Only 30% of insured homeowners have purchased more insurance or increased coverage limits to compensate for rising building costs, the APCIA survey found.
A majority of insured homeowners have not taken important steps to ensure their insurance coverage is keeping pace with rising inflation and increased building costs, which could leave policyholders underinsured if catastrophe strikes, according to a new survey from the American Property Casualty Insurance Association (APCIA), conducted online by The Harris Poll.
Meanwhile, Selective Insurance announced the results of a January 2022 study which found that only 43% of U.S. business owners have increased their business insurance policy limits to account for inflation.
Only 30% of insured homeowners have purchased more insurance or increased coverage limits to compensate for rising building costs, the APCIA survey found. Additionally, among insured homeowners who completed renovations or remodels during the pandemic, less than half (40%) have updated their home insurance to account for those changes.
“It is critical that homeowners make sure they have the right amount and right types of coverage during this period of significant inflation, but unfortunately our survey shows that many individuals may not be properly prepared," said Karen Collins, assistant vice president of personal lines at APCIA. “Our survey found that about two thirds of homeowners may be without key additional coverages, such as annual inflation adjustment, extended replacement cost, and building code/ordinance coverage, that can better protect them in these challenging market conditions."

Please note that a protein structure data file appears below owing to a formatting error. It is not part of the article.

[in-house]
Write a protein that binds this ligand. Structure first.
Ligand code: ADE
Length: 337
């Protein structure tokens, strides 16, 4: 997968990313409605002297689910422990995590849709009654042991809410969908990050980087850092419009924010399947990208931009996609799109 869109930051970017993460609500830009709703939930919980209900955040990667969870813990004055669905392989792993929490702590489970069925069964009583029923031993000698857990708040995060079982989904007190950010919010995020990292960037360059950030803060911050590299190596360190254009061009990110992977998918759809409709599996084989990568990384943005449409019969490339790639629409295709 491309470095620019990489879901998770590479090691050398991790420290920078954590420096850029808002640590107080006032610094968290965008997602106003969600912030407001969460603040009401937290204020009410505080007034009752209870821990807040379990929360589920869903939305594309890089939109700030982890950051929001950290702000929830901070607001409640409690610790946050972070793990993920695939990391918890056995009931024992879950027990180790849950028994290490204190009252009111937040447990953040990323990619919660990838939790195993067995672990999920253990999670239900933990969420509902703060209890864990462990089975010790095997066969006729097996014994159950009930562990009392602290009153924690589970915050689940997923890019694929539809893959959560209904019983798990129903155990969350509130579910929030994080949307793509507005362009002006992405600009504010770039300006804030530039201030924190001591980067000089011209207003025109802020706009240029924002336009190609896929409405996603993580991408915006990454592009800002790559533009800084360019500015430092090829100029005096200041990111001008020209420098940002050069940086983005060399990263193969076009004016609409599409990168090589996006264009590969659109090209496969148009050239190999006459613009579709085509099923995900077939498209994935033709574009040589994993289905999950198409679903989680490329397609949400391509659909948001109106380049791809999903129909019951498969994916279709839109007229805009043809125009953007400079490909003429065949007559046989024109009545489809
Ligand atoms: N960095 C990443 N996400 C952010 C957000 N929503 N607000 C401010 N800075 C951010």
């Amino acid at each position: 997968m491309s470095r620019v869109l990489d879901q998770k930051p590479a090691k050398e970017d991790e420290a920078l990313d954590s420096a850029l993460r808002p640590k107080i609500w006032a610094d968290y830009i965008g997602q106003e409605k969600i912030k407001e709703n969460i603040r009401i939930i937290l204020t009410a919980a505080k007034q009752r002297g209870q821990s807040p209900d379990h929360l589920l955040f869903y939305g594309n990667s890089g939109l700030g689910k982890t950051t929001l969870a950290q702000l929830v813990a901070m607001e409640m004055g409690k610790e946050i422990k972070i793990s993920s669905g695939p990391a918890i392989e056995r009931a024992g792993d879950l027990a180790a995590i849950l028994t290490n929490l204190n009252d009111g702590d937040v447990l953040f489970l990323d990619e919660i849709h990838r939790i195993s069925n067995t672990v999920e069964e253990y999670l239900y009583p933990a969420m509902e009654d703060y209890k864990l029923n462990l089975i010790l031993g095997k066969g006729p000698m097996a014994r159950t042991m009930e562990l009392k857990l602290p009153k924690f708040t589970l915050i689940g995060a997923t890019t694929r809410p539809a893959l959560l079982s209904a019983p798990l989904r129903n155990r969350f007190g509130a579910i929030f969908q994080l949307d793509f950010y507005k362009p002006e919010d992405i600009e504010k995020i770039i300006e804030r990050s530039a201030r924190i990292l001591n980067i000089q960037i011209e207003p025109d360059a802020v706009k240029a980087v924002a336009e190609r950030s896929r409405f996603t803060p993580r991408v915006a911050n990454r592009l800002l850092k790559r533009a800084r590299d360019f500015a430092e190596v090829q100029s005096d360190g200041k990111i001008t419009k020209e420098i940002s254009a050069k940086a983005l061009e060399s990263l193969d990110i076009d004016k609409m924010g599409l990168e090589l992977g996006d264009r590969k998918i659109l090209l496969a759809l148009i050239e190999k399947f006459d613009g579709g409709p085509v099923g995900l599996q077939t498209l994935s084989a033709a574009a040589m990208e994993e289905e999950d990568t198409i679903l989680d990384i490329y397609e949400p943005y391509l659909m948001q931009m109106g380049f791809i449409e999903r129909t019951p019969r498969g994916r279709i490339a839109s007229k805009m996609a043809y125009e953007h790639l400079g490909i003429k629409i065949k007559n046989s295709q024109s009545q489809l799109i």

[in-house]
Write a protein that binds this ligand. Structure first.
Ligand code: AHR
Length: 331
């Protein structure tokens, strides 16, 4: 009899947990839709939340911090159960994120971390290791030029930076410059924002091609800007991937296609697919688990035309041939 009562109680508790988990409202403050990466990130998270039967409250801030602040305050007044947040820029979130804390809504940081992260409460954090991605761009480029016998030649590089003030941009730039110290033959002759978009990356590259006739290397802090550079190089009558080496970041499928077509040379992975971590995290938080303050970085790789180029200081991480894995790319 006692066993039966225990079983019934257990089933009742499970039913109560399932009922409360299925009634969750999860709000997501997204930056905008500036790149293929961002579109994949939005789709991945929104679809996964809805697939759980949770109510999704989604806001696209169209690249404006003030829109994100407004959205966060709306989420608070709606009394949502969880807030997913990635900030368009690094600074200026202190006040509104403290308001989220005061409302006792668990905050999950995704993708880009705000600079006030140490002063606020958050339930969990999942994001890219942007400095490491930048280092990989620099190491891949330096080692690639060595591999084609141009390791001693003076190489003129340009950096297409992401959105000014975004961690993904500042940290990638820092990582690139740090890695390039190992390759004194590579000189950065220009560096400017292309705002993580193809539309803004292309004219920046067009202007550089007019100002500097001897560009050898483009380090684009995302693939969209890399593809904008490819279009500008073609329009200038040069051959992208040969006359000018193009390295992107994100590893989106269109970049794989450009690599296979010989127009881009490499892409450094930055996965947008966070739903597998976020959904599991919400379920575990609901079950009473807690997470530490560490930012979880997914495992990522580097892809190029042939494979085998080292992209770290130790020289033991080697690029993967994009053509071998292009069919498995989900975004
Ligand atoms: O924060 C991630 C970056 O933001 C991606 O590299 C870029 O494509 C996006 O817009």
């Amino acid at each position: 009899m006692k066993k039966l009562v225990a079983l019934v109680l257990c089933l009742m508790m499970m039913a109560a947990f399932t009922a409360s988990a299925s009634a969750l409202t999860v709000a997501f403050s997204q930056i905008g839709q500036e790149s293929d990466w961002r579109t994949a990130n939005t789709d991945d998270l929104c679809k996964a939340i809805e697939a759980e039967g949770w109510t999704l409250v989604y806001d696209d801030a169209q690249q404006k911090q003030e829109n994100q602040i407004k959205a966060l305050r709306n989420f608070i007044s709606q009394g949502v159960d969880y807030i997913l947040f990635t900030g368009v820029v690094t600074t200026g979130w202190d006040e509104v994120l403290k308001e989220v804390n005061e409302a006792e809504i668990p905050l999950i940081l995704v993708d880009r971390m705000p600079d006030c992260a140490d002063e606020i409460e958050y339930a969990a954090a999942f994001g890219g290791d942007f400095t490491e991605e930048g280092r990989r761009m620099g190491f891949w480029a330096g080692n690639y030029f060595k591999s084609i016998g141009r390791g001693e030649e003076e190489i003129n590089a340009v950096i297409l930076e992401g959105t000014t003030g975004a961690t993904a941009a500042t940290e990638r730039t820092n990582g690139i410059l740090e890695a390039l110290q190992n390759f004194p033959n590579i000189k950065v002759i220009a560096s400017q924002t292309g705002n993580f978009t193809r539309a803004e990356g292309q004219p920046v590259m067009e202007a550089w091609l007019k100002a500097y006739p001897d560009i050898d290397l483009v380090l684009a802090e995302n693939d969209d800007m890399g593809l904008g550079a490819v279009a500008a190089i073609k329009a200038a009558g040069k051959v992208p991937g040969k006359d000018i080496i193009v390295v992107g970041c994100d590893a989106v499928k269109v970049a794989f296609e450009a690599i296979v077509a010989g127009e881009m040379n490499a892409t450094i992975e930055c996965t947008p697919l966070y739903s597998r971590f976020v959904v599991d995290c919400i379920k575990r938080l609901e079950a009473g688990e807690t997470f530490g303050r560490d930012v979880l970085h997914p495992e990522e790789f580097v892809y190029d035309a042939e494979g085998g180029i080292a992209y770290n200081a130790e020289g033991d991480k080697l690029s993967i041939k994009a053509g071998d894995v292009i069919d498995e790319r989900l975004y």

“Homeowners should be aware that rebuilding costs are increasing, and they should take steps now to update their coverage and mitigate against potential damage," Collins added.
The survey also uncovered a significant knowledge gap over whether insurance covers the cost to rebuild or the market value of the home, with 64% of insured homeowners indicating they are not sure or believe their homeowners coverage limits are based on the real estate market value of their home rather than the rebuilding cost.
Further, as climate change is causing more severe and frequent natural catastrophes—and hurricane season approaches—consumers are unsure or unaware if they have the right coverages in place to insure their homes against the realities of inflation and rising building costs.
As many as 63% of insured homeowners say they have not added or are not sure if they have added annual inflation adjustment coverage, 67% have not added or are not sure if they have added extended replacement cost coverage to their policy, and 69% have not added or are not sure if they have added ordinance coverage for new energy or building code upgrades.
“This should be a wake-up call to homeowners to pick up the phone and call their insurer or agent to discuss their insurance policy and make sure they have the coverages they need," Collins noted. “Too often people overestimate their preparedness for natural disasters and other emergencies, and this can lead to gaps in preparedness and insurance coverage."
The Selective study found that nearly 2 in 5 U.S. business owners do not fully understand the scope of their insurance coverage. As a result, they likely do not know how to assess on their own if they are appropriately protected. Additionally, nearly 1 in 4 business owners (22%) have not purchased insurance for their business.
"With inflation's impact on the economy, it's imperative that business owners work with their agents to evaluate the adequacy of their insurance coverage and limits," said Brenda Hall, executive vice president, commercial lines chief operating officer, Selective.
Will Jones is IA editor-in-chief.